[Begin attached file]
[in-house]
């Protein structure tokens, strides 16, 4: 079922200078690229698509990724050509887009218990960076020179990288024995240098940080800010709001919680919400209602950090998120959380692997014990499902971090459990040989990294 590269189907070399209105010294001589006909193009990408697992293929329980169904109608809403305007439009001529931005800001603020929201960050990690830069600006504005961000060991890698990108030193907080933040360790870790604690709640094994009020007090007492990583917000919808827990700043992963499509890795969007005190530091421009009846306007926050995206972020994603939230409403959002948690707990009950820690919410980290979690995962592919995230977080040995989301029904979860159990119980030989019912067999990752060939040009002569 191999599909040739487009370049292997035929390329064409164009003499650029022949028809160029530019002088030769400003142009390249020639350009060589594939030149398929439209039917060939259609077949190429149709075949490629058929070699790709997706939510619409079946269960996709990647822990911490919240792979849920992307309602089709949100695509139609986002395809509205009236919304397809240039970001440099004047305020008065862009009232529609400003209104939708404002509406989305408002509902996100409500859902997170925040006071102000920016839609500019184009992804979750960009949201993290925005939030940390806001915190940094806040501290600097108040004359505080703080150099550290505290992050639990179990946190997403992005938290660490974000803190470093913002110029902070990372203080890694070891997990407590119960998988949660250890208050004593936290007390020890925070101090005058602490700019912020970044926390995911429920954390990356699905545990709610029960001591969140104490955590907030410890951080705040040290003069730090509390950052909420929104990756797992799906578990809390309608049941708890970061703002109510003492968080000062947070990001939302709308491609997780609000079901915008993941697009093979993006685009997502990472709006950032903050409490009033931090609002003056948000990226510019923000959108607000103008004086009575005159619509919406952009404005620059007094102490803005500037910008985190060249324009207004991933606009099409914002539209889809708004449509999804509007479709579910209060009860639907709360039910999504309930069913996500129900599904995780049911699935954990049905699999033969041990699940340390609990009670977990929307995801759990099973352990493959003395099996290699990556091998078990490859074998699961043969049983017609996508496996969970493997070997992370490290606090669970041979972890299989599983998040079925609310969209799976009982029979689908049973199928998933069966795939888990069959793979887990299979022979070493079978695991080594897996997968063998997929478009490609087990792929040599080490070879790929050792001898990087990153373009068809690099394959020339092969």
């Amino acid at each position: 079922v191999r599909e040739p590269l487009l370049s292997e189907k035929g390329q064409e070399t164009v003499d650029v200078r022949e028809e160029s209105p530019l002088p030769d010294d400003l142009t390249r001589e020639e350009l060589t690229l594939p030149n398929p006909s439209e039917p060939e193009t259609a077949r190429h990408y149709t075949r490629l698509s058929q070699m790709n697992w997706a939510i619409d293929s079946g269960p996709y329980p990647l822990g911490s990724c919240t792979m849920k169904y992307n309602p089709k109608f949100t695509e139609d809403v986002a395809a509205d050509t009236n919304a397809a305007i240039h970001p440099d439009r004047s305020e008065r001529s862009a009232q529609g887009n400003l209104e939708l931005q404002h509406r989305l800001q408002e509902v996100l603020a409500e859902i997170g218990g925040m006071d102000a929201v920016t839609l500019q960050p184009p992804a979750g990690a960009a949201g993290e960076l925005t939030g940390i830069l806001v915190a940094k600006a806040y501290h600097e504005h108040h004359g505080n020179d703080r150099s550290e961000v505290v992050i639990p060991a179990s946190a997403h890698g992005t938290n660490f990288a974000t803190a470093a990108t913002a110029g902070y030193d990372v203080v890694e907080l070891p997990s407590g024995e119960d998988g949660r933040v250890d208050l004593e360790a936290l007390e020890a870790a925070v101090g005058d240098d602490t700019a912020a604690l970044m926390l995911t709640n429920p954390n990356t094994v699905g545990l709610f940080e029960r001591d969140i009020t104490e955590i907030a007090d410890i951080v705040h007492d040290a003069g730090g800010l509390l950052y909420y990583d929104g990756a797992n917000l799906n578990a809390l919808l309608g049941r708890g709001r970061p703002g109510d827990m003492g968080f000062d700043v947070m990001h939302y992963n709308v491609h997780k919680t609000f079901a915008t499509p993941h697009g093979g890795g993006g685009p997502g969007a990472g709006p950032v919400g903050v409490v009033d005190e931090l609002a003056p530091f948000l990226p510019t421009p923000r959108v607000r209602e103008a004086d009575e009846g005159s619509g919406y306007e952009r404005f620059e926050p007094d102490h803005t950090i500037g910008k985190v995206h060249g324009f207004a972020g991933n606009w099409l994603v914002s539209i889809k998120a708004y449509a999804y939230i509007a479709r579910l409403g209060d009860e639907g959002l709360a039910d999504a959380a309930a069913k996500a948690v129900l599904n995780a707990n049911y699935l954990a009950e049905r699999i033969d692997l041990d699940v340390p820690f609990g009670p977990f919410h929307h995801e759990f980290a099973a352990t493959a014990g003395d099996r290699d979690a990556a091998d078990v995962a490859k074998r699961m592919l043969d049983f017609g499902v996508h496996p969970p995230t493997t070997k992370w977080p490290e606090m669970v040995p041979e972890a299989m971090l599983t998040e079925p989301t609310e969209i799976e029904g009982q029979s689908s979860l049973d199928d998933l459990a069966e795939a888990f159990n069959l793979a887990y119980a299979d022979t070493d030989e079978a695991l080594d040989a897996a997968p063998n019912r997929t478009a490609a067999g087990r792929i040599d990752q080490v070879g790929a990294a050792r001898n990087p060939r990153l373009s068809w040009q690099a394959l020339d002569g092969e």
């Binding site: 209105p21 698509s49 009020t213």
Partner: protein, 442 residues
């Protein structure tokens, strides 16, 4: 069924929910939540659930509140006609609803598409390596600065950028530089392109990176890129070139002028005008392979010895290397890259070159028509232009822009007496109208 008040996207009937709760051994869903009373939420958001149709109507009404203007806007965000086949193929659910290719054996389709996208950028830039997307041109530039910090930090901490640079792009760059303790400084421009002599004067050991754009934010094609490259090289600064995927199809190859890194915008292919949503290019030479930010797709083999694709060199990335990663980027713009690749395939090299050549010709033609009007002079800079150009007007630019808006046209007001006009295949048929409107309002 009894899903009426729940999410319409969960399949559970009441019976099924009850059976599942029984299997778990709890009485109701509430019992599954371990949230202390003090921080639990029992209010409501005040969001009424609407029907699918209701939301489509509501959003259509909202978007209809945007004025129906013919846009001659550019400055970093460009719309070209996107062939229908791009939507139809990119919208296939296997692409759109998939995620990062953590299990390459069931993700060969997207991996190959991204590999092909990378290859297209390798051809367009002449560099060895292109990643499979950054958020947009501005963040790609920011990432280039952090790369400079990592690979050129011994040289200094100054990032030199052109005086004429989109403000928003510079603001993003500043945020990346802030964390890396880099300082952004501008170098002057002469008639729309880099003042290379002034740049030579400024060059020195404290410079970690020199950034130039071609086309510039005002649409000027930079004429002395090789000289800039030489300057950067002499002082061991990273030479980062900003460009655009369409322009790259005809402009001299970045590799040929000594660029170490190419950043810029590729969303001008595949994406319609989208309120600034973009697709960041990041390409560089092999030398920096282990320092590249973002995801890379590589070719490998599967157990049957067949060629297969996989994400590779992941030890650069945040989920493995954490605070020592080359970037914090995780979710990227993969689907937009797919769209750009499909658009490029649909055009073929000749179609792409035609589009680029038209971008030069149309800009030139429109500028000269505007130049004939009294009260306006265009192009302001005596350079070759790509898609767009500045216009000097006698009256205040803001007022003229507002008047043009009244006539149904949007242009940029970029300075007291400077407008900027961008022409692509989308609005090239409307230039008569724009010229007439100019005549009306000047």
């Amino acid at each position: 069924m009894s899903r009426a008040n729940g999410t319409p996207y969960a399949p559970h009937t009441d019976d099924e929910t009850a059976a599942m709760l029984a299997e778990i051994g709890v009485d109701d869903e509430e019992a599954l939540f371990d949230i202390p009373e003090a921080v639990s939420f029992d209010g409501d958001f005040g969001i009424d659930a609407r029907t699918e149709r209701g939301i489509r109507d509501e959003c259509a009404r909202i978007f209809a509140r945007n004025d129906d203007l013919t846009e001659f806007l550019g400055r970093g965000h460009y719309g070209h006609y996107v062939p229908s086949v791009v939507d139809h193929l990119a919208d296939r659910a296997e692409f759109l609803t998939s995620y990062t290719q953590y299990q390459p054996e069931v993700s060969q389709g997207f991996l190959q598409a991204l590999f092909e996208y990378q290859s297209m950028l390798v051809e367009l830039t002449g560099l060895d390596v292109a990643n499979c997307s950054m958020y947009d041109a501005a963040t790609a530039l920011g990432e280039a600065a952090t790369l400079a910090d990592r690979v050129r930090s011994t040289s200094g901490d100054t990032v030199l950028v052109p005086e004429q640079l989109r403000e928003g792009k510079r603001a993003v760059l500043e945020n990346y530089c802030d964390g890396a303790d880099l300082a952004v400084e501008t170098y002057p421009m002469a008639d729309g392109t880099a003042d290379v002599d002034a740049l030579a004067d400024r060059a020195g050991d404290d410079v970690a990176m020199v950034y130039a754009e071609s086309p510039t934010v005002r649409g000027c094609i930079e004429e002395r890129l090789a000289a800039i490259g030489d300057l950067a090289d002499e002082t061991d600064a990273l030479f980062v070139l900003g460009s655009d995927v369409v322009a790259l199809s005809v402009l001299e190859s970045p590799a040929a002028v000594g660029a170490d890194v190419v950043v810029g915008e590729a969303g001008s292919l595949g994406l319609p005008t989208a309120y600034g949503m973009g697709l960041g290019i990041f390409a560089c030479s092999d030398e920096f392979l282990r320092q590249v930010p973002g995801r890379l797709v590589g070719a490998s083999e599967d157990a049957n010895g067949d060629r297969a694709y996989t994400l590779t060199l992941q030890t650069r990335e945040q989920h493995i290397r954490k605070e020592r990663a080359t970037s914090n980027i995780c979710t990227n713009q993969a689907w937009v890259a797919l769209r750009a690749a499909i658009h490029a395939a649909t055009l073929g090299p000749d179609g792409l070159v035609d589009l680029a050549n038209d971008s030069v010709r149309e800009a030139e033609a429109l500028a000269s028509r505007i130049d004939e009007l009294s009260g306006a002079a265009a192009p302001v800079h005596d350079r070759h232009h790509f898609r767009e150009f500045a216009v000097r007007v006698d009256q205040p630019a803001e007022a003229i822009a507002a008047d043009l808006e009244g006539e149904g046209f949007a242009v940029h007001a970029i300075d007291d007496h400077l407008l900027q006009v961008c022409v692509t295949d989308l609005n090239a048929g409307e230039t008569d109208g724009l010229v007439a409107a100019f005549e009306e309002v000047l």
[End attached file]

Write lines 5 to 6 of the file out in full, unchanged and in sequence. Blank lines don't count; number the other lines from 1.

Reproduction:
Partner: protein, 442 residues
């Protein structure tokens, strides 16, 4: 069924929910939540659930509140006609609803598409390596600065950028530089392109990176890129070139002028005008392979010895290397890259070159028509232009822009007496109208 008040996207009937709760051994869903009373939420958001149709109507009404203007806007965000086949193929659910290719054996389709996208950028830039997307041109530039910090930090901490640079792009760059303790400084421009002599004067050991754009934010094609490259090289600064995927199809190859890194915008292919949503290019030479930010797709083999694709060199990335990663980027713009690749395939090299050549010709033609009007002079800079150009007007630019808006046209007001006009295949048929409107309002 009894899903009426729940999410319409969960399949559970009441019976099924009850059976599942029984299997778990709890009485109701509430019992599954371990949230202390003090921080639990029992209010409501005040969001009424609407029907699918209701939301489509509501959003259509909202978007209809945007004025129906013919846009001659550019400055970093460009719309070209996107062939229908791009939507139809990119919208296939296997692409759109998939995620990062953590299990390459069931993700060969997207991996190959991204590999092909990378290859297209390798051809367009002449560099060895292109990643499979950054958020947009501005963040790609920011990432280039952090790369400079990592690979050129011994040289200094100054990032030199052109005086004429989109403000928003510079603001993003500043945020990346802030964390890396880099300082952004501008170098002057002469008639729309880099003042290379002034740049030579400024060059020195404290410079970690020199950034130039071609086309510039005002649409000027930079004429002395090789000289800039030489300057950067002499002082061991990273030479980062900003460009655009369409322009790259005809402009001299970045590799040929000594660029170490190419950043810029590729969303001008595949994406319609989208309120600034973009697709960041990041390409560089092999030398920096282990320092590249973002995801890379590589070719490998599967157990049957067949060629297969996989994400590779992941030890650069945040989920493995954490605070020592080359970037914090995780979710990227993969689907937009797919769209750009499909658009490029649909055009073929000749179609792409035609589009680029038209971008030069149309800009030139429109500028000269505007130049004939009294009260306006265009192009302001005596350079070759790509898609767009500045216009000097006698009256205040803001007022003229507002008047043009009244006539149904949007242009940029970029300075007291400077407008900027961008022409692509989308609005090239409307230039008569724009010229007439100019005549009306000047």